The Thirty Comrades went to Japan for military training and fought against Britain during most of World War II, but they switched sides after it became clear the British would win.
Aung San became premier of the British colony but was assassinated in 1947, when Aung San Suu Kyi was 2 years old. Burma gained independence the following year.
Led by one of the comrades, Gen. Ne Win, the Tatmadaw seized power from a civilian government in 1962. After pro-democracy protests erupted in 1988, he was ousted by other generals. The Tatmadaw killed an estimated 3,000 protesters but maintained control of the government.
For nearly half a century, the military government kept the country isolated. It imprisoned political opponents for years, intermittently closed universities and denied the population access to the internet. Daw Aung San Suu Kyi, who led the opposition and received the 1991 Nobel Peace Prize, spent 15 years under house arrest.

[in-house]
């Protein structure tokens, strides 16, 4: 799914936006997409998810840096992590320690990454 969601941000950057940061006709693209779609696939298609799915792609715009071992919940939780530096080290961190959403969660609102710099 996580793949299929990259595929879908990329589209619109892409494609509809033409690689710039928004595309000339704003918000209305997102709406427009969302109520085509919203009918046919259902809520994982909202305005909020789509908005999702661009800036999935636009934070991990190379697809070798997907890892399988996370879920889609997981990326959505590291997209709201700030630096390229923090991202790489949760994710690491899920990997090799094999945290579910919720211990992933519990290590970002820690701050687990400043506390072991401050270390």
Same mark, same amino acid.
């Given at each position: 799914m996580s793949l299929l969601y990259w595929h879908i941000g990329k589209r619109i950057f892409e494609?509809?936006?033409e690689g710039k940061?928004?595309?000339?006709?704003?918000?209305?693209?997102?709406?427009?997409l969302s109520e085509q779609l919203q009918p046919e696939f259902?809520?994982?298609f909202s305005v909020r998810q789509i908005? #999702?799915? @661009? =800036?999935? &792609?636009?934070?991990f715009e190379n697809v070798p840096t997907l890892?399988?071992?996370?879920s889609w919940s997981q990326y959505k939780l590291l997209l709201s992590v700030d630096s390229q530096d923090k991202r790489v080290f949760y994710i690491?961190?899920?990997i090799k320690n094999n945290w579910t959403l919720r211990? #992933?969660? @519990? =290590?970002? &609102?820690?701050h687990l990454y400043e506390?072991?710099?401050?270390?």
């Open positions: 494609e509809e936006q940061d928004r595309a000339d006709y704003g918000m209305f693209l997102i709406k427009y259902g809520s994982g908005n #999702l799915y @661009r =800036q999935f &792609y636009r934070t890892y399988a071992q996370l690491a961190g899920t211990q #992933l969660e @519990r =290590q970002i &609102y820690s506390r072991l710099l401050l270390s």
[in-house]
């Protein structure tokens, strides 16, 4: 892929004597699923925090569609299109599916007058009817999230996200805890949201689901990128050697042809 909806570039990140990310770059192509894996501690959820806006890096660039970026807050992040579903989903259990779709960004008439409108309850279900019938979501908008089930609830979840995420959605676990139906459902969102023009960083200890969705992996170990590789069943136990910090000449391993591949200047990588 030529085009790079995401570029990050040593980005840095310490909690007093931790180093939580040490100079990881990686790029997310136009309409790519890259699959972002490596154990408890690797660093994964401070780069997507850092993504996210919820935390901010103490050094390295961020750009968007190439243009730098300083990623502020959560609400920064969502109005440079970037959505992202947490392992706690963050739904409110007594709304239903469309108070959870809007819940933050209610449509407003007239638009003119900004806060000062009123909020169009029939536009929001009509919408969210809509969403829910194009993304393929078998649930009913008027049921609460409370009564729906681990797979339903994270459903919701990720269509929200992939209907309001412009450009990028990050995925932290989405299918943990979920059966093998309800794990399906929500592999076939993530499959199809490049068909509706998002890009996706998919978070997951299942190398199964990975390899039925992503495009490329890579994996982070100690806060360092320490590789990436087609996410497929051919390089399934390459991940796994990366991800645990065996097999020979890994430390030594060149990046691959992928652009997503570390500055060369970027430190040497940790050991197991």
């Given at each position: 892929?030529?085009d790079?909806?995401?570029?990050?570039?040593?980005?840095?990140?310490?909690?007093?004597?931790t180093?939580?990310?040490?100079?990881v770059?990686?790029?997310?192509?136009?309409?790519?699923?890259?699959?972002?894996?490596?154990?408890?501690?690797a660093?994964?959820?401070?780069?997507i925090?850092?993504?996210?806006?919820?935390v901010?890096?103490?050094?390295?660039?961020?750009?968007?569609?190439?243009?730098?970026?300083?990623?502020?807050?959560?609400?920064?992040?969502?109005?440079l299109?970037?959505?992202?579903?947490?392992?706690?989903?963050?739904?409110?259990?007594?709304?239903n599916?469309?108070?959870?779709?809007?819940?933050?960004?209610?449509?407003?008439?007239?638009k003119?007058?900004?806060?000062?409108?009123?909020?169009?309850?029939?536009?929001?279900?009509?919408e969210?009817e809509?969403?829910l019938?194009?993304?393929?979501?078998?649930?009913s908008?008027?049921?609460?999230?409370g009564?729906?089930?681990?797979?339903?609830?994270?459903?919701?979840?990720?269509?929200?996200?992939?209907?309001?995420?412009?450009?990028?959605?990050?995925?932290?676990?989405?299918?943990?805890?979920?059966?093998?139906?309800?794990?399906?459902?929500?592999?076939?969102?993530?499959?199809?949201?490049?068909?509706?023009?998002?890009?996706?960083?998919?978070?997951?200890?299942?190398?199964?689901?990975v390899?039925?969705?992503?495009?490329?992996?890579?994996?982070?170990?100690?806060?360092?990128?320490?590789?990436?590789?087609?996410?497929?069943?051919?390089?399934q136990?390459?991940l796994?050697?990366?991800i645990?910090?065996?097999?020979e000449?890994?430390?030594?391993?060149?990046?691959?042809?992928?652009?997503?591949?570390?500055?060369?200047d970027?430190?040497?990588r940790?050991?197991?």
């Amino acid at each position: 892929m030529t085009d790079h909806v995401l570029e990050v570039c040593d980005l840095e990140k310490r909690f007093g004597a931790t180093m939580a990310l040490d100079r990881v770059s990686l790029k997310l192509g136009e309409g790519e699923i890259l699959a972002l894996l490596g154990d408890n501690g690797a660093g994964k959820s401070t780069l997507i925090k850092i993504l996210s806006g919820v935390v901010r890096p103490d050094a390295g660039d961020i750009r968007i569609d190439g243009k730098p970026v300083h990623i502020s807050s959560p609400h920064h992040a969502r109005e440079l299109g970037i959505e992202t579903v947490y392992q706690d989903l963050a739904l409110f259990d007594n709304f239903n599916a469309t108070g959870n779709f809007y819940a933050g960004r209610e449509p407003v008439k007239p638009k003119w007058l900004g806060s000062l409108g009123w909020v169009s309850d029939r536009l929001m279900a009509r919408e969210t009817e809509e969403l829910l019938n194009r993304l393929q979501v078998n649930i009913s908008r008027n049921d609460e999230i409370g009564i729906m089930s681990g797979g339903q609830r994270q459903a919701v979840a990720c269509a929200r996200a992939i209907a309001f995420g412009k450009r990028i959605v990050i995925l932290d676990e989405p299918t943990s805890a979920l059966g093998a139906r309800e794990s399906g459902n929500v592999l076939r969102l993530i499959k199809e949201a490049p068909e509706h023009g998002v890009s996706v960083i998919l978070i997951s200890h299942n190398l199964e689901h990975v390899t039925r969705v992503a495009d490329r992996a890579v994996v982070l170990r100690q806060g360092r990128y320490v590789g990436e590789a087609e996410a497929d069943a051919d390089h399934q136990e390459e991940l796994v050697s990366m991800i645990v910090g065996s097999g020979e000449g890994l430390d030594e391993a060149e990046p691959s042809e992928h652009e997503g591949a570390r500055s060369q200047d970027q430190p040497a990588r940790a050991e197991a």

There was no attempt to create a cult of personality around its leaders, but the Tatmadaw became the country’s only viable institution, with separate schools and hospitals, its own judicial system and a vast network of businesses.
“The military is a state within the state,” said U Ye Myo Hein, executive director of the Tagaung Institute of Political Studies, an independent policy center in Yangon.
The Tatmadaw academy’s motto is “The triumphant elite of the future.” Triumphant or not, the generals took a nation that was one of the wealthiest in Southeast Asia and, over six decades, transformed it into one of the poorest.